Tuesday, June 7, 2011

That clinking-clanking sound...

William Dewald speculates on the unpopularity of coins in the US:

The reason is that the denominations of U.S. coins have not changed in a very long time, despite inflation in U.S. prices. Compared with 1950, the price level today is 10 times as high. That means that today's dollar has the purchasing power of a 1950 dime, today's dime of a 1950 penny and today's penny is worth almost nothing, and neither is the nickel. It is not surprising that the "dime store" of 1950 is today's "dollar store."

Our coinage lacks higher value coins to match the purchasing power of the quarters, half dollars and dollar coins of 60 years ago.

Nerds like me love coins. When you talk to normal people, most consider them an inconvenience, and a few act like the weight of a few coins will bend their spines in half. This is most prominent when dollar coins come up, but is an issue with all metal money, which is rarely spent--most people just save it up in a jar until there's enough to redeem for folding money.

Part of this comes from the fact that people are getting more and more accustomed to making most or all of their purchases through computer handshakes, a habit that makes all money less convenient*. But certainly another large part of the problem is that most of our coins are essentially worthless. There truly is no point to carrying around pennies; their value is so trivial that you need rolls of them to buy a cup of coffee, and the three or four you get in change (all old aphorisms aside) are so worthless that saving them is essentially pointless. My father saved every penny he got in change for most of his life. Almost half a century's collecting got him about 350 bucks, in two big jars that we had to bail out into bank bags to move. Even nickels and dimes are on the high end of useless, leaving only the quarter, which gets a good amount of circulation, the half dollar, which is struck mostly for collectors and almost never seen in the wild, and the legendarily unpopular dollar coin.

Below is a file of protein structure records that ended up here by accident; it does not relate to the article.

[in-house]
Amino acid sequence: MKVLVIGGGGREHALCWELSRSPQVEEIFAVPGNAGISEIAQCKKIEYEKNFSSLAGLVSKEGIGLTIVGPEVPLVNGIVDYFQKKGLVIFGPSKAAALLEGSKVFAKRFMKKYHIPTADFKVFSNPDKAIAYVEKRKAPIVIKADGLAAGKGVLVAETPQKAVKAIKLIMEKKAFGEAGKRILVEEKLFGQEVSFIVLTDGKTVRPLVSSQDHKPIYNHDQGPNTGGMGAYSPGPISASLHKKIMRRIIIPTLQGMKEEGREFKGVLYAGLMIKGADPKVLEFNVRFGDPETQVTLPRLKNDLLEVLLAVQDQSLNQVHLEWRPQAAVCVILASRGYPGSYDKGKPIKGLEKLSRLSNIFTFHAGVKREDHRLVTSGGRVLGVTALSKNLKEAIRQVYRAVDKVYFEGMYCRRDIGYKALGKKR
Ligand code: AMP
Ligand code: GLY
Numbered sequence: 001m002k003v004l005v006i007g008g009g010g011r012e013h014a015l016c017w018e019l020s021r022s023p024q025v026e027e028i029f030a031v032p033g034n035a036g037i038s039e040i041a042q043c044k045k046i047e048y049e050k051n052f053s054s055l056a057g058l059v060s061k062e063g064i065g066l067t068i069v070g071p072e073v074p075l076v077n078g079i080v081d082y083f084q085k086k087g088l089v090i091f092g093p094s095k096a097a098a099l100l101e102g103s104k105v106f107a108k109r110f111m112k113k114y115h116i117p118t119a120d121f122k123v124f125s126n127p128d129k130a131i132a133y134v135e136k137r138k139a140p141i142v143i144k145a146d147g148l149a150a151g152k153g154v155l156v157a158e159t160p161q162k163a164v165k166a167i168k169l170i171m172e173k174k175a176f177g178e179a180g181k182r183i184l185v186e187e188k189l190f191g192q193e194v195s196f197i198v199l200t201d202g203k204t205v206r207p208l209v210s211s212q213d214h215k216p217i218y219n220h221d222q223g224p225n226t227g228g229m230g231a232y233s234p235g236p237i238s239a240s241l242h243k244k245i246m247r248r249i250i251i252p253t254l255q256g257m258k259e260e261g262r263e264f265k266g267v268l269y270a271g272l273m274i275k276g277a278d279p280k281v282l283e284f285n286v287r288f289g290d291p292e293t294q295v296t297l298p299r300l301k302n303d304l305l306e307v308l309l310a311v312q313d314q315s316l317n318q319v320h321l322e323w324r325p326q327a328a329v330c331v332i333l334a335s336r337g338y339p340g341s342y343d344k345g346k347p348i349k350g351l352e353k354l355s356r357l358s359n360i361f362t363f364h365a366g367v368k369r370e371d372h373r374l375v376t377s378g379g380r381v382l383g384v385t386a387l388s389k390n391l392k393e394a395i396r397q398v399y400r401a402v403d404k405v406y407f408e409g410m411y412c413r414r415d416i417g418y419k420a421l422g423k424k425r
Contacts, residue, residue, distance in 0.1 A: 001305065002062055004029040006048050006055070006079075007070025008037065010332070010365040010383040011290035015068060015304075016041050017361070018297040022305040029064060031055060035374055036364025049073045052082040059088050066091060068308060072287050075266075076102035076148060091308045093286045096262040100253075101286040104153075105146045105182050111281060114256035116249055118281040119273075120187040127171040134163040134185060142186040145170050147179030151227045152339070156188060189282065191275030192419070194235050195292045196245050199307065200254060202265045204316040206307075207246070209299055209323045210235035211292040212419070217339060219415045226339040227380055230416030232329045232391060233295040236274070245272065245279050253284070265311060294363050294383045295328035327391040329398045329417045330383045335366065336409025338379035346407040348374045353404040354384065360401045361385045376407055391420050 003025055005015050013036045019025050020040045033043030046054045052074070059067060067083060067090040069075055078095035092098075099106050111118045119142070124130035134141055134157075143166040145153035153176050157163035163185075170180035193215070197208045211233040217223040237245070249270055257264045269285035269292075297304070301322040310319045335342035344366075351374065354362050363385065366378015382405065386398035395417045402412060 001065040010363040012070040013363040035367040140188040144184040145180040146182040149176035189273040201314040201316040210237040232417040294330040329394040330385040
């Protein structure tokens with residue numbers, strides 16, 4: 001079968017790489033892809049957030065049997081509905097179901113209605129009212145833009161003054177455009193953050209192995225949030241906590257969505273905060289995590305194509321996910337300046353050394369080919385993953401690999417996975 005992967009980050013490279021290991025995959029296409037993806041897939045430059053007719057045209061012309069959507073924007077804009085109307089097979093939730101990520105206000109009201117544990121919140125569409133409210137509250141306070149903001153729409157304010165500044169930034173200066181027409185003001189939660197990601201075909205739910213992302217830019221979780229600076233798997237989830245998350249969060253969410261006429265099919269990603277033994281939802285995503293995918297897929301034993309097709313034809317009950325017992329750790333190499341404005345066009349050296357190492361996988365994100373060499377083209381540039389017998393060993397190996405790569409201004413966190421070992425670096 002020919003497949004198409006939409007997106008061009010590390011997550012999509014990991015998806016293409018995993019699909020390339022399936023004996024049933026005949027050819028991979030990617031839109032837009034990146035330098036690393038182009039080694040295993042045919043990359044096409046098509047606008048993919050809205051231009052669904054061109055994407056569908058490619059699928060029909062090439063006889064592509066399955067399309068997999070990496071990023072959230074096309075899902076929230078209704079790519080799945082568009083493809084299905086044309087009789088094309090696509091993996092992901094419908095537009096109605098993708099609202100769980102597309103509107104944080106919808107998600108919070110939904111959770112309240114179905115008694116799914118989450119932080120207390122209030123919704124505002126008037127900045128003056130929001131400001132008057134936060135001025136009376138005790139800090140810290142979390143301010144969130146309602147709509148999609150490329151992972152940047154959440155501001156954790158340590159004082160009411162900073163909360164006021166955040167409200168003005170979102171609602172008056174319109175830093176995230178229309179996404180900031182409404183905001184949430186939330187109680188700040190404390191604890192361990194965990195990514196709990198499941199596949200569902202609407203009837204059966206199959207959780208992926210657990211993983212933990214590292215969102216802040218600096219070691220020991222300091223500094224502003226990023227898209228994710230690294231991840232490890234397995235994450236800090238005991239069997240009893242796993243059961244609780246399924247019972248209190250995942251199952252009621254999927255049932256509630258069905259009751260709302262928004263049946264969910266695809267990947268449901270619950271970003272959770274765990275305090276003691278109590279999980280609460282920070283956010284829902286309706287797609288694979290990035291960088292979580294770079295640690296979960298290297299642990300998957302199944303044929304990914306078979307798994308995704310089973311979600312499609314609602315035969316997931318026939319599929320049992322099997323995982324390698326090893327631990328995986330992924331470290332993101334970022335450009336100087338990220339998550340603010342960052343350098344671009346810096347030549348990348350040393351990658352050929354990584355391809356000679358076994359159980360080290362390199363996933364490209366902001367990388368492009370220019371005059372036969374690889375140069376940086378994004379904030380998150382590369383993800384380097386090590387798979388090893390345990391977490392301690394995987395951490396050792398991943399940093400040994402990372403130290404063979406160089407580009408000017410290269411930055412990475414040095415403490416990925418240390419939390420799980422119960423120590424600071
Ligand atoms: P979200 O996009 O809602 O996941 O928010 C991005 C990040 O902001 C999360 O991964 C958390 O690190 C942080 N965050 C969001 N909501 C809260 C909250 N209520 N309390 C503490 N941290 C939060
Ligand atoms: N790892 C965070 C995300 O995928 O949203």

Value-to-weight ratios matter. Back when our coins were made of precious metals and their weights were proportional to their values, silver dollars were big, heavy coins that--much as I hate to admit it--were rarely used because of their inconvenience. Small coins from a hundred years ago are usually heavily worn from circulation, to the point that silver investors discount bags of dimes and quarters from their nominal metal value to account for loss due to wear. But hundred year old Morgan dollars are routinely found in very good condition with sharp details, because they spent their whole lives in safes and bank bags, sitting around as a store of value but rarely exchanged for a meal or a shirt. The situation today is more extreme, when even dimes and nickels have too low a value-to-weight ratio to be worth carrying. When was the last time you saw a heavily worn dime?

If the Mint wants its coins to circulate (and I'm not entirely certain it does), it has to offer coins that meet our needs under the current dollar, not legacy coins that made sense for the dollar of generations ago. The way I see it, we have three options--in order of likelihood of adoption: